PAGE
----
Electronic systems today tend to be generally very complex and a lot of work has to be done from circuit conception to the validation of the final product. One of the milestones of this process is the creation of the circuit schematic of the electronic system.

The circuit diagram has to be drawn using an interactive computer program called schematic editor , this is usually a very first step in the design cycle of the product. Once the schematic has been drawn on the computer, the circuit connectivity and device list (netlist) can be generated and sent to a circuit simulator (spice, hspice, eldo, just to mention some) for performing circuit simulation.

So, as you probably guessed, XSCHEM is a schematic capture program that allows to interactively enter an electronic circuit using a graphical and easy to use interface. When the schematic has been created a circuit netlist can be generated for simulation. Currently XSCHEM supports four netlist formats:

  1. SPICE netlist
  2. VHDL netlist
  3. VERILOG netlist
  4. tEDAx netlist for Printed board editing software like pcb-rnd.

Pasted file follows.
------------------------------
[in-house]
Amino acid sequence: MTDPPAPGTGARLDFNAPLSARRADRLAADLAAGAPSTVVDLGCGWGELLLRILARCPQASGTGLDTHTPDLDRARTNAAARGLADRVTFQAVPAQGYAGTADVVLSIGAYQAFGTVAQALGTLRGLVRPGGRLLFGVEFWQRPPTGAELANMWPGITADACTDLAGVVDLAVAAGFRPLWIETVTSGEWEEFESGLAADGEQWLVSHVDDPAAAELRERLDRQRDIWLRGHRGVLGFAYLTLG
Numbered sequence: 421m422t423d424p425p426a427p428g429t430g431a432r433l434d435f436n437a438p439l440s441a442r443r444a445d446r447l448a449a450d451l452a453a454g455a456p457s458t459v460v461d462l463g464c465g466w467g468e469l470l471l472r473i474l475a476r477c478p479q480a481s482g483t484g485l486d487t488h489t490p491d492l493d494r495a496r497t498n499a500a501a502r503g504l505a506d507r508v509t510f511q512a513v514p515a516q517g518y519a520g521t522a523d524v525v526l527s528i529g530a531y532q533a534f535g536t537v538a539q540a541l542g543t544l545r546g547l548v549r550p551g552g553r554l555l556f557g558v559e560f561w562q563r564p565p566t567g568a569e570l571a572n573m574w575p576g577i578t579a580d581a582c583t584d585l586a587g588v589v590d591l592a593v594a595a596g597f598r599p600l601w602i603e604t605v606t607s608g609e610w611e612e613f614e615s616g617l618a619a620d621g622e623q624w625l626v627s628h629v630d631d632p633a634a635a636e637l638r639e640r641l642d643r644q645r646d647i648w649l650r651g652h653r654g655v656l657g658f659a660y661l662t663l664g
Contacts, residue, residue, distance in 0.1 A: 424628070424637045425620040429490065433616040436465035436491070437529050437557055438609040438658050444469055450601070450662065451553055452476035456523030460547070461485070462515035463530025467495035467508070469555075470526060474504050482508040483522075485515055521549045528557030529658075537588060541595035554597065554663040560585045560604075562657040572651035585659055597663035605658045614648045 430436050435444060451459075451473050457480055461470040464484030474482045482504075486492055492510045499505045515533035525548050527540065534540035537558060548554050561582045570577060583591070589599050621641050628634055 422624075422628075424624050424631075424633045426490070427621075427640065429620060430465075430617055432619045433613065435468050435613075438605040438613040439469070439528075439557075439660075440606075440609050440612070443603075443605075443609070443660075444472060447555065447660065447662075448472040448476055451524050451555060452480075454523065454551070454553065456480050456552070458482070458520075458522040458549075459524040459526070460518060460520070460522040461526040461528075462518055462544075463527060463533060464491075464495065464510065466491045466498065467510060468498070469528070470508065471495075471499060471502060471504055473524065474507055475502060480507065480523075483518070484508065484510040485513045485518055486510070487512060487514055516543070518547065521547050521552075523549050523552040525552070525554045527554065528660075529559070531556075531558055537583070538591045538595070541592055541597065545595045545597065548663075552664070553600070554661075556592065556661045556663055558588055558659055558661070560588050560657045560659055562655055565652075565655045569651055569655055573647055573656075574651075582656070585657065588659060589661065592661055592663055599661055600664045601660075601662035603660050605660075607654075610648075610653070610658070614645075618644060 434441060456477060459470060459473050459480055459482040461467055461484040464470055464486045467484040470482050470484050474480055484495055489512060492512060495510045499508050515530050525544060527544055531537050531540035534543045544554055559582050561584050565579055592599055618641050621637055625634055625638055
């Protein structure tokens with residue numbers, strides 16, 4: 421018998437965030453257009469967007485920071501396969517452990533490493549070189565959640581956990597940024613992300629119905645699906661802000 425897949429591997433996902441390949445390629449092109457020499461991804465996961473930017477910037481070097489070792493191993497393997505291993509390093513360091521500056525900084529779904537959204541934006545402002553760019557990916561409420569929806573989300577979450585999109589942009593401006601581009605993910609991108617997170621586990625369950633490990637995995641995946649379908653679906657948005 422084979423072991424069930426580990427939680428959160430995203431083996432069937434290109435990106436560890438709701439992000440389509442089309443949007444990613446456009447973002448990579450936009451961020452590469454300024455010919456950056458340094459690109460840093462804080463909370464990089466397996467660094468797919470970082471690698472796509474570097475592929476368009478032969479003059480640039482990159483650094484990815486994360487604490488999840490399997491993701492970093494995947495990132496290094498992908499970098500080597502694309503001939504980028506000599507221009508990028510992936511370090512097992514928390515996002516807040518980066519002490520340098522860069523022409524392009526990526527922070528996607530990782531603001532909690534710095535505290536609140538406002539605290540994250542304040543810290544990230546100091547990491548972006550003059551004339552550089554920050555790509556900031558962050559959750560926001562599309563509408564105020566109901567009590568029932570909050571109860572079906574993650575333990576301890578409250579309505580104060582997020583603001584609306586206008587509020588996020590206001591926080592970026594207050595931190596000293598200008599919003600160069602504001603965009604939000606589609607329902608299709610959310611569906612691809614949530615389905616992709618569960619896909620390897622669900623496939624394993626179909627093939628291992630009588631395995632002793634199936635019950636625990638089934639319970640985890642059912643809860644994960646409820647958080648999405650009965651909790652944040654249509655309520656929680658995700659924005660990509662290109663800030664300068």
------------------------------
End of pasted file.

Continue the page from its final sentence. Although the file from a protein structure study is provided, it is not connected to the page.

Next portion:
XSCHEM was initially created for VLSI design, not for printed circuit board schematics (PCB), however the recently added tEDAx netlist format is used to export XSCHEM schematics to pcb-rnd or other tEDAx-aware PCB editors. The roadmap for XSCHEM development will focus more in the future to build a tight integration with pcb-rnd printed board editor, joining the CoralEDA ecosystem philosophy.
XSCHEM initial design goal was to handle Integrated Circuit (IC) design and generate netlists for Very Large Scale digital, analog or mixed mode simulations. While the user interface looks very simple, the netlisting and rendering engine in XSCHEM are designed from the ground-up to handle in the most efficient way very large designs. Also the user interaction has no bells and whistles but is the result of doing actual work on big projects in the most efficient way. This is why for example most of the work is done with bind keys, instead of using context menus or elaborate graphical actions, simply these things will slow your work if most of your schematics have 5-8 levels of hierarchy and 1000K+ transistors.
Here under a picture of a VLSI SOC (System On Chip) imported in XSCHEM. As you can see the ability of XSCHEM is to handle really big designs. This has been the primary goal during the whole development of the program. The sample design showed has more than 10 levels of hierarchy and really big schematics. For each hierarchy level one component is expanded until the leaf of the tree is reached. :-)

It is also worth to point out that XSCHEM has nothing to do with GSCHEM, the name similarity is just coincidence. GSCHEM is another powerful Schematic Capture program, primarily focused on board level (PCB) system design. See gEDA for more information.